The Supreme Court speaks not only through its rulings in cases argued before it, but also through its choice not to hear certain cases -- the ones denied certiorari, in legal lingo. By refusing to hear claims brought by victims of Bush-era torture and detention practices, and failing to decisively reject the government's array of bad excuses for denying them a modicum of justice, the Court in recent years has sent an appalling message of indifference and impunity. These missing cases constitute a profound stain on the court's record, and they are worth recalling on this week's tenth anniversary of John Roberts's swearing-in as Chief Justice.
Today marks the 10th anniversary of the day Chief Justice Roberts was sworn in to the Supreme Court. In that decade, he has led a Court that has radically reshaped vast swathes of the law, undermining constitutional protections for civil rights and voting rights, reproductive freedom, workplace fairness, the environment, gun violence, consumer fairness and representative democracy as a whole.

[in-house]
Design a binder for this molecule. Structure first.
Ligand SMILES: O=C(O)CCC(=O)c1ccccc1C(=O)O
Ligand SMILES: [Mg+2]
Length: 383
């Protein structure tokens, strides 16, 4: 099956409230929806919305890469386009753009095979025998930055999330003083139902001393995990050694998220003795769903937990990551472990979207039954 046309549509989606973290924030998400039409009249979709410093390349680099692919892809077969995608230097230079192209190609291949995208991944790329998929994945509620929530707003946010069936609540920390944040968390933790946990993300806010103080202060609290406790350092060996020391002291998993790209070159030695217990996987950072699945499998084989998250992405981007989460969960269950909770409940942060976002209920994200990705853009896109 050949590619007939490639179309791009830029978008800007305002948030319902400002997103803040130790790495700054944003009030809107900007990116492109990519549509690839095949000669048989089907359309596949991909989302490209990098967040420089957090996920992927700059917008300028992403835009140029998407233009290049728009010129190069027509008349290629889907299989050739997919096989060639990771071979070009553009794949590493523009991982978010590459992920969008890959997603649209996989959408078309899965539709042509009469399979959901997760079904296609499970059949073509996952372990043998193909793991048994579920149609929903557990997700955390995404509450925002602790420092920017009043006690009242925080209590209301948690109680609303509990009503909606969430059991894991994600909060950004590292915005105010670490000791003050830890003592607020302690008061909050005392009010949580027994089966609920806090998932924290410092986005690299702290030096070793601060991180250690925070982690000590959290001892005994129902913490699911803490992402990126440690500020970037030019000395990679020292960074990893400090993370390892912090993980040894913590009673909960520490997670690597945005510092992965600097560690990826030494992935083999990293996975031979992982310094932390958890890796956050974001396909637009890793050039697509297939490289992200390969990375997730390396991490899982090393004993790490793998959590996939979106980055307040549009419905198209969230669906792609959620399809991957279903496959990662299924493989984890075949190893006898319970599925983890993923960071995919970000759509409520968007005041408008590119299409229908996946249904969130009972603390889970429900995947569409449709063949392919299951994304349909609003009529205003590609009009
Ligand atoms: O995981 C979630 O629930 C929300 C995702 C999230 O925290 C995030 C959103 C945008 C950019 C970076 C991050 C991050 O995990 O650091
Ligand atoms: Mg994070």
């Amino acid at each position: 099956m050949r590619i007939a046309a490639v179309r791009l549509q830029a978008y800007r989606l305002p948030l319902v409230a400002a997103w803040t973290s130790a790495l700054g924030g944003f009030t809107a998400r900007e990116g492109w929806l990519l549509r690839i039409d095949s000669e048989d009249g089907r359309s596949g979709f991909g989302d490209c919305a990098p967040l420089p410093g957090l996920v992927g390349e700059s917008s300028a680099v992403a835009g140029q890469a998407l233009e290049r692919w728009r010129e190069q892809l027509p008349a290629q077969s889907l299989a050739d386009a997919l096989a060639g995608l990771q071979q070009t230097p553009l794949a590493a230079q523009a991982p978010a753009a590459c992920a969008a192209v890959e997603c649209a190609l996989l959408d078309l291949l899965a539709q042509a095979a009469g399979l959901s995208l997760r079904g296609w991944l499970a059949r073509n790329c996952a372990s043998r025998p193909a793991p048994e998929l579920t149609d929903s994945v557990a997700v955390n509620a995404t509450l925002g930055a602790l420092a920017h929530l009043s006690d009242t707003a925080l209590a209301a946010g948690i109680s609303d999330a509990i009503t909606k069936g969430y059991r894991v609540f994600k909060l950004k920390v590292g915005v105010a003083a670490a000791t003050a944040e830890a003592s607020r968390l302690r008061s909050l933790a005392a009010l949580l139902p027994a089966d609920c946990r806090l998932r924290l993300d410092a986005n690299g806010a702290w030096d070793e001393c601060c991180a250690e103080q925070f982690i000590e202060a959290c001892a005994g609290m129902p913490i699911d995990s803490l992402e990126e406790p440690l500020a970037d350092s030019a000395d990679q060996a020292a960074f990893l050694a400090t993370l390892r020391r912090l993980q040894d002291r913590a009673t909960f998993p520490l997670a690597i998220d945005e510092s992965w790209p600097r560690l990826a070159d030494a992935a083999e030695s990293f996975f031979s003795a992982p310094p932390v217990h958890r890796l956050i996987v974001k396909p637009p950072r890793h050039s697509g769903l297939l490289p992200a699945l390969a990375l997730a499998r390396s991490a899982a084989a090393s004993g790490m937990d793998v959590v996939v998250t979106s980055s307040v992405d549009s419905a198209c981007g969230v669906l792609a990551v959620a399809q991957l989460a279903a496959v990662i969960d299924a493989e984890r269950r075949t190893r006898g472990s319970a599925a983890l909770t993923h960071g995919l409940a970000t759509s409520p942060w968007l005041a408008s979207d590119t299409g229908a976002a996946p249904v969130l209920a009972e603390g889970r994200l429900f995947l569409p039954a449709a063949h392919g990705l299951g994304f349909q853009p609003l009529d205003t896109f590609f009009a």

In King v. Burwell, decided last Thursday, the Supreme Court has once again (no doubt inadvertently) given us a lesson in the philosophy of language. The dispute in the case is over the meaning of the phrase "exchange established by the state." Chief Justice John Roberts, writing for the majority, argues that the phrase can and should be read to include an exchange established by the federal government. He explains that "exchange established by the state" is ambiguous because when read in context (as he proceeds to do) it means something different than it does when read in isolation. Justice Scalia retorts that by the logic of such a reading, "everything is ambiguous." That's both right and not right.
The SCOTUS ruling to legalize same-sex marriage is a victory for human rights. The decision follows in the footsteps of its 1967 decision in Loving v. Virginia that outlawed states' bans on interracial marriage, an earlier victory for marriage equality. But there is a huge difference in the two rulings.